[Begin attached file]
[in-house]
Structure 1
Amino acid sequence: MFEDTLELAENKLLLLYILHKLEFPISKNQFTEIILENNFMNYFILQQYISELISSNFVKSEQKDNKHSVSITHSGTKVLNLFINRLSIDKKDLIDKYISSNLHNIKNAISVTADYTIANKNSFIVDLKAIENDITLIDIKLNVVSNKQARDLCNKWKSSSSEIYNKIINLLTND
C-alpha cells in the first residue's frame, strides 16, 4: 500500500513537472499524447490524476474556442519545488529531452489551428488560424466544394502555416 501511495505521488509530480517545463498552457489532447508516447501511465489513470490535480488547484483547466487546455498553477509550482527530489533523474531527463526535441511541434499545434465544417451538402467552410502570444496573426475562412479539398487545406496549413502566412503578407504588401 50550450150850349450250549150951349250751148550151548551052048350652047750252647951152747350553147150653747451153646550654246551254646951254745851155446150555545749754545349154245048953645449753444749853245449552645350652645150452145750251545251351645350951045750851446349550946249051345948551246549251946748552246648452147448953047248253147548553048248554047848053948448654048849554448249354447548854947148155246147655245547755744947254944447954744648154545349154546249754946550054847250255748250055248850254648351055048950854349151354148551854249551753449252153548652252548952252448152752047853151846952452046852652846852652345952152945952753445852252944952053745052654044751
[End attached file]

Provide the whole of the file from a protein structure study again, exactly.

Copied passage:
[in-house]
Structure 1
Amino acid sequence: MFEDTLELAENKLLLLYILHKLEFPISKNQFTEIILENNFMNYFILQQYISELISSNFVKSEQKDNKHSVSITHSGTKVLNLFINRLSIDKKDLIDKYISSNLHNIKNAISVTADYTIANKNSFIVDLKAIENDITLIDIKLNVVSNKQARDLCNKWKSSSSEIYNKIINLLTND
C-alpha cells in the first residue's frame, strides 16, 4: 500500500513537472499524447490524476474556442519545488529531452489551428488560424466544394502555416 501511495505521488509530480517545463498552457489532447508516447501511465489513470490535480488547484483547466487546455498553477509550482527530489533523474531527463526535441511541434499545434465544417451538402467552410502570444496573426475562412479539398487545406496549413502566412503578407504588401 50550450150850349450250549150951349250751148550151548551052048350652047750252647951152747350553147150653747451153646550654246551254646951254745851155446150555545749754545349154245048953645449753444749853245449552645350652645150452145750251545251351645350951045750851446349550946249051345948551246549251946748552246648452147448953047248253147548553048248554047848053948448654048849554448249354447548854947148155246147655245547755744947254944447954744648154545349154546249754946550054847250255748250055248850254648351055048950854349151354148551854249551753449252153548652252548952252448152752047853151846952452046852652846852652345952152945952753445852252944952053745052654044751